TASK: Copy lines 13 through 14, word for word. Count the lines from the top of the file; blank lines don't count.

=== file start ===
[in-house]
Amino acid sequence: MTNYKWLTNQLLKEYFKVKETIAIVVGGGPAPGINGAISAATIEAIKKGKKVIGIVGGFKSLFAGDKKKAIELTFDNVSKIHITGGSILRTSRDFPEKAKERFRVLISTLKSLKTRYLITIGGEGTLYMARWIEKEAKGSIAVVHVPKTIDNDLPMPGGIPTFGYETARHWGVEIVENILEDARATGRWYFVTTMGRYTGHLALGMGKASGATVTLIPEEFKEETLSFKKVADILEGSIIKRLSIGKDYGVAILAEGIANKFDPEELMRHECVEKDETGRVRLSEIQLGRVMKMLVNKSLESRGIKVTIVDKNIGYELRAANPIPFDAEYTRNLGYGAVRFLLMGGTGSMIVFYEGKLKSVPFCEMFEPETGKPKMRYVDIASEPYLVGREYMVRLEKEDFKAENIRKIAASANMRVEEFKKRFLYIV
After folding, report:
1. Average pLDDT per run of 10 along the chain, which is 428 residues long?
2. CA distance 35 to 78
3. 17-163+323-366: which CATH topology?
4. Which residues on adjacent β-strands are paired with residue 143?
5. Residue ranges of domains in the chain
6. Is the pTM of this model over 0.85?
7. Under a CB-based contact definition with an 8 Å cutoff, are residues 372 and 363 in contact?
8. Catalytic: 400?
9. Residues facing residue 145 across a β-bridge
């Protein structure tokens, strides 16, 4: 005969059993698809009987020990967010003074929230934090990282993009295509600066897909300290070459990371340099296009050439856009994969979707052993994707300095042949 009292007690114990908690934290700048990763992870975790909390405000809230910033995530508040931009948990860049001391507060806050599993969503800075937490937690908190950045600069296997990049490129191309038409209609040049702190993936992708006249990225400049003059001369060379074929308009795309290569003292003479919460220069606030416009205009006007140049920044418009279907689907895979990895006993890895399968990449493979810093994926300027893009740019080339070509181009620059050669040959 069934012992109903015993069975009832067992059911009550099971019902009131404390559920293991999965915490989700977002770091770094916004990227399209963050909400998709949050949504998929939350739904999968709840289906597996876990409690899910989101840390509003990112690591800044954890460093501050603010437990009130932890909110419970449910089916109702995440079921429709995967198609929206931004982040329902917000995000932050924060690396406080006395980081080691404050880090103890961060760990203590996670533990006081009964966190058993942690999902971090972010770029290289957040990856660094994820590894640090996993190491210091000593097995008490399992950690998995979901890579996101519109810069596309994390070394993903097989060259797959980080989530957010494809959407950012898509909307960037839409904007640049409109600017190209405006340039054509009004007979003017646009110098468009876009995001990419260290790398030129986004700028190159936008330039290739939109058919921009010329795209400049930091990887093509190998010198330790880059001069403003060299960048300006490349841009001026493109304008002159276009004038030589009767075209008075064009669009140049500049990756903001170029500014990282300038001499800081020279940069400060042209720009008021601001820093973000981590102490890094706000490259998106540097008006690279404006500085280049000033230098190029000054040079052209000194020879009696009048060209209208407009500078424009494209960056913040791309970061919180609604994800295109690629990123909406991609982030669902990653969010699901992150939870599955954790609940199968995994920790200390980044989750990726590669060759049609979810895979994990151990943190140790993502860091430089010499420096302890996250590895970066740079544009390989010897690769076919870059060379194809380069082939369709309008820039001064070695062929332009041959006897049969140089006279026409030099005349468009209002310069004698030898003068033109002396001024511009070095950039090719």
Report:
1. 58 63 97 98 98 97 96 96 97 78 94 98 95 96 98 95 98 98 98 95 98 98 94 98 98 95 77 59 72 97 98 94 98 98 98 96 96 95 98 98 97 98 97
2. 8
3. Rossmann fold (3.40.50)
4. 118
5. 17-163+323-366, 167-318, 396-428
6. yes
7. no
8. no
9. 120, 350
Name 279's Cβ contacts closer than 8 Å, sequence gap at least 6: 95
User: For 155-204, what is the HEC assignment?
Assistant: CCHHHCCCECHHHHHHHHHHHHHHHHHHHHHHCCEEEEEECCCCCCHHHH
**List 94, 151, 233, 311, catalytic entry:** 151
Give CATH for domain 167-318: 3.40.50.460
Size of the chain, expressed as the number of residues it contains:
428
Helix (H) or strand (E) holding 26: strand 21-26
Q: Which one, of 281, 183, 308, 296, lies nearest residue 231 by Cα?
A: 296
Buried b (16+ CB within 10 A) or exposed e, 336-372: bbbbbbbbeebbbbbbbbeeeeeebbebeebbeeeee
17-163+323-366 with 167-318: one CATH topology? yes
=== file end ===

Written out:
């Protein structure tokens, strides 16, 4: 005969059993698809009987020990967010003074929230934090990282993009295509600066897909300290070459990371340099296009050439856009994969979707052993994707300095042949 009292007690114990908690934290700048990763992870975790909390405000809230910033995530508040931009948990860049001391507060806050599993969503800075937490937690908190950045600069296997990049490129191309038409209609040049702190993936992708006249990225400049003059001369060379074929308009795309290569003292003479919460220069606030416009205009006007140049920044418009279907689907895979990895006993890895399968990449493979810093994926300027893009740019080339070509181009620059050669040959 069934012992109903015993069975009832067992059911009550099971019902009131404390559920293991999965915490989700977002770091770094916004990227399209963050909400998709949050949504998929939350739904999968709840289906597996876990409690899910989101840390509003990112690591800044954890460093501050603010437990009130932890909110419970449910089916109702995440079921429709995967198609929206931004982040329902917000995000932050924060690396406080006395980081080691404050880090103890961060760990203590996670533990006081009964966190058993942690999902971090972010770029290289957040990856660094994820590894640090996993190491210091000593097995008490399992950690998995979901890579996101519109810069596309994390070394993903097989060259797959980080989530957010494809959407950012898509909307960037839409904007640049409109600017190209405006340039054509009004007979003017646009110098468009876009995001990419260290790398030129986004700028190159936008330039290739939109058919921009010329795209400049930091990887093509190998010198330790880059001069403003060299960048300006490349841009001026493109304008002159276009004038030589009767075209008075064009669009140049500049990756903001170029500014990282300038001499800081020279940069400060042209720009008021601001820093973000981590102490890094706000490259998106540097008006690279404006500085280049000033230098190029000054040079052209000194020879009696009048060209209208407009500078424009494209960056913040791309970061919180609604994800295109690629990123909406991609982030669902990653969010699901992150939870599955954790609940199968995994920790200390980044989750990726590669060759049609979810895979994990151990943190140790993502860091430089010499420096302890996250590895970066740079544009390989010897690769076919870059060379194809380069082939369709309008820039001064070695062929332009041959006897049969140089006279026409030099005349468009209002310069004698030898003068033109002396001024511009070095950039090719």
Report: